The claim that rheumatoid arthritis is caused by some form of infectious agent has been postulated for more than 70 years and is still under consideration.13 Numerous studies in a variety of animal models have demonstrated that arthritis can develop following exposure to exogenous infections.13 While extrapolation from animal models to human disease must be done with caution, the findings from these models lend support to a role for various types of infections in genetically susceptible individuals in the development of human rheumatoid arthritis.14

FIGURE 1. This is the cell wall of a Gram-negative bacterium. Lipopolysaccharides and other byproducts have been implicated in the development of rheumatoid arthritis.
FIGURE 1. This is the cell wall of a Gram-negative bacterium. Lipopolysaccharides and other byproducts have been implicated in the development of rheumatoid arthritis.

The role of Gram-negative bacteria and their byproducts (particularly lipo­poly­saccharide) has long been implicated in the development of rheumatoid arthritis (Figure 1).15 Clearly, the subgingival plaque associated with periodontitis (mainly Gram-negative anaerobes) could be a potential source of bacteria and bacterial byproducts for bacterial-induced rheumatoid arthritis.16 Many of the so-called periodontal pathogens exhibit similar characteristics to those microorganisms suspected to induce rheumatoid arthritis in a genetically susceptible host (Table 2). Thus, the possibility that bacteria associated with periodontitis could trigger or exacerbate rheumatoid arthritis in genetically susceptible individuals is biologically possible.

Several studies have demonstrated that patients with rheumatoid arthritis, compared to nonrheumatoid arthritis controls, have elevated antibodies in their serum against several bacteria associated with periodontitis. These includes Porphyromonas gingivalis, Prevotella intermedia, Prevotella melaninogenica, Bacteroides forsythus and Aggregatibacter actinomycetemcomitans.17,18 Furthermore, elevated antibodies and DNA for B. forsythus, P. intermedia, P. gingivalis and Fusobacterium nucleatum have also been identified in synovial fluid.19–21 These findings suggest that periodontal pathogens may translocate from the periodontal tissues to the joints, where they could exacerbate the inflammatory processes occurring within rheumatoid joints.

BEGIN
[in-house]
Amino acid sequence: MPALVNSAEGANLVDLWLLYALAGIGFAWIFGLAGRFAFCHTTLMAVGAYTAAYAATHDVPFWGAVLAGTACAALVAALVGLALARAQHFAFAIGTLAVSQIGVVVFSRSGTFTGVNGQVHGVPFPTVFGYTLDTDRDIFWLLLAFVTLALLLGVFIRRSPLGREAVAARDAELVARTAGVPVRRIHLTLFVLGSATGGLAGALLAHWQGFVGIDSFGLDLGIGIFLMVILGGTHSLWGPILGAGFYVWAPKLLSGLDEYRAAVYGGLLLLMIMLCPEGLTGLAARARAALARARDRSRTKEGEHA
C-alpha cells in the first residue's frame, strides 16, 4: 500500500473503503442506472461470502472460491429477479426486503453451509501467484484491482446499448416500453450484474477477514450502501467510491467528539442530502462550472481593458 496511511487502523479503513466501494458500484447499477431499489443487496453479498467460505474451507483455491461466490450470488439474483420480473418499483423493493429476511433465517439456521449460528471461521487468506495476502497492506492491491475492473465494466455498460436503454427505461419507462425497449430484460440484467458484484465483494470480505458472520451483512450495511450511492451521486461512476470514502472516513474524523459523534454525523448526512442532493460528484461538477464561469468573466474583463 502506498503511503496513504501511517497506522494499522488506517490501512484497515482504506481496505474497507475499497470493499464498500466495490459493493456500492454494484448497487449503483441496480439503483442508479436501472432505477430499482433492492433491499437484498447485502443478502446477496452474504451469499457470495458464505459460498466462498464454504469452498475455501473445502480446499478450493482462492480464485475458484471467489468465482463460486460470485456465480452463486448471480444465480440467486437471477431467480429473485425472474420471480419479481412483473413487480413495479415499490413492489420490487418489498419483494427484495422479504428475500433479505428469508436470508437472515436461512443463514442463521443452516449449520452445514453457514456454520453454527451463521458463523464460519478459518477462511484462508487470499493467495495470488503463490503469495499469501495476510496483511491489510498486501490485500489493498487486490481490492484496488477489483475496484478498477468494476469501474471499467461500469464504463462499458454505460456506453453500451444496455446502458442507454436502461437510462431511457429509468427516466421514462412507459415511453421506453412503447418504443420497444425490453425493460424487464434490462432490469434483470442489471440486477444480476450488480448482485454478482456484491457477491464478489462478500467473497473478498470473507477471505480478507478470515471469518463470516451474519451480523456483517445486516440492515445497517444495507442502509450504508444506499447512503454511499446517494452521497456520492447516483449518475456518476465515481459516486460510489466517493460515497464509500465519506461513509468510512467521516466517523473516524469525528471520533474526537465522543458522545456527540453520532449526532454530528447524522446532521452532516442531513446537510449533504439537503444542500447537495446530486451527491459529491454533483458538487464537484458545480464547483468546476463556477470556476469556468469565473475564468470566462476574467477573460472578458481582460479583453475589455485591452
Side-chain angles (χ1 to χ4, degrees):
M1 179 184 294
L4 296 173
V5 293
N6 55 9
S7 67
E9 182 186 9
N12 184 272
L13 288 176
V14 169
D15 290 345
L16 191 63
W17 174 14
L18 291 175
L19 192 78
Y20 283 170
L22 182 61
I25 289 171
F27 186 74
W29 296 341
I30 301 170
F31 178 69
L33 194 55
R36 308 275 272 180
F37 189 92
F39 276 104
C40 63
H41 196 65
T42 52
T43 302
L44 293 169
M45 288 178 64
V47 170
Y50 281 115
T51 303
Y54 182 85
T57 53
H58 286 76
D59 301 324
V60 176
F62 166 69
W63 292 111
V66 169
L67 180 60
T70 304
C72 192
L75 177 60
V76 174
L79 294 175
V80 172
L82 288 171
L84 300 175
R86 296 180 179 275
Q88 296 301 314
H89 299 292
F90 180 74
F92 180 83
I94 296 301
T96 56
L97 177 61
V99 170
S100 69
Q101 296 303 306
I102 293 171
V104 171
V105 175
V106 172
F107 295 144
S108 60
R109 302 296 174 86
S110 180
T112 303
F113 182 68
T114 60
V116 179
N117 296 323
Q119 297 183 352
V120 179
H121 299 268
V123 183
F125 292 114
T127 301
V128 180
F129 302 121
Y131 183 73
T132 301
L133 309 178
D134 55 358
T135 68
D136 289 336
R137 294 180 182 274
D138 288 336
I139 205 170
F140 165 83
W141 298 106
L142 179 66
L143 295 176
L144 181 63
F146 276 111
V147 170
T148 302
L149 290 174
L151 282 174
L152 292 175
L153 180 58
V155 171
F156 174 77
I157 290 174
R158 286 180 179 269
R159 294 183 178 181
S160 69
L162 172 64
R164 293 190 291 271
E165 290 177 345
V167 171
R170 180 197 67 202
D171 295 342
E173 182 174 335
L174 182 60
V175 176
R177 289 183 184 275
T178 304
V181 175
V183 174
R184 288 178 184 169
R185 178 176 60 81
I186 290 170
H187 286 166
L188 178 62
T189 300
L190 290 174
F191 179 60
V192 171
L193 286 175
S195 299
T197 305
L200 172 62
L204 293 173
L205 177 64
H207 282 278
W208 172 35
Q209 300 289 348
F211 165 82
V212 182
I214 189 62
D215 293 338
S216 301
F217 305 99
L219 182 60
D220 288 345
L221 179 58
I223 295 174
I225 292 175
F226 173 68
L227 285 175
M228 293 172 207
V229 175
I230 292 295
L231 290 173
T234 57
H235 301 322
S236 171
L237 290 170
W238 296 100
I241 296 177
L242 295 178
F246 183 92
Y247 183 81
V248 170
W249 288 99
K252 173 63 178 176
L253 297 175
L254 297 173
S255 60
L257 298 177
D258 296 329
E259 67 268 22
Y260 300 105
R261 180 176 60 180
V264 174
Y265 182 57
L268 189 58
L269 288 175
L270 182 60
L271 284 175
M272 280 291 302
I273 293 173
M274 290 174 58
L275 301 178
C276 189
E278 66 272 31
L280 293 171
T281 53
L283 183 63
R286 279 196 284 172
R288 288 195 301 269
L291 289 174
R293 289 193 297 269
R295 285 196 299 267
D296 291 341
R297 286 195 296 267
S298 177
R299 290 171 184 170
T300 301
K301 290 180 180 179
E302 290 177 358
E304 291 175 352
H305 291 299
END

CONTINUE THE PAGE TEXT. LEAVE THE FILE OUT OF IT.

During the course of inflammation, proteins may undergo a process called citrullination that results in a structural change to proteins through conversion of the amino acid arginine to citrulline.22 Citrullination of proteins arises from the action of enzymes, known as peptidyl arginine deiminases (PAD). The change in protein structure as a result of citrullination results in proteins becoming antigenic, which leads to the production of anticitrullinated peptide antibodies. The inflamed periodontium is a potential site where citrullination can occur, and anticitrullinated antibodies can result from this process.23 If such antibodies are produced at sites of inflammation (i.e., during the development of periodontitis) prior to inflammation developing in the joints, the possibility of an enhanced antibody reaction occurring is very high once joint inflammation associated with rheumatoid arthritis develops.24 Importantly, anticitrullinated peptide antibodies have a high predictive value for rheumatoid arthritis onset several years before it is evident clinically, and are also associated with more severe clinical outcomes.25,26

Importantly, P. gingivalis has been reported to be the only bacterium known to produce a PAD enzyme capable of causing protein citrullination.27 Should this bacterial enzyme be able to gain access to the periodontal tissues and be actively involved in protein citrullination in patients with periodontitis, an additional pathway is developed.28 This concept provides a novel link between periodontal infection and the development of rheumatoid arthritis (Figure 2).

FIGURE 2. The immune response to oral bacteria provides a stimulus for the development of rheumatoid arthritis.
FIGURE 2. The immune response to oral bacteria provides a stimulus for the development of rheumatoid arthritis.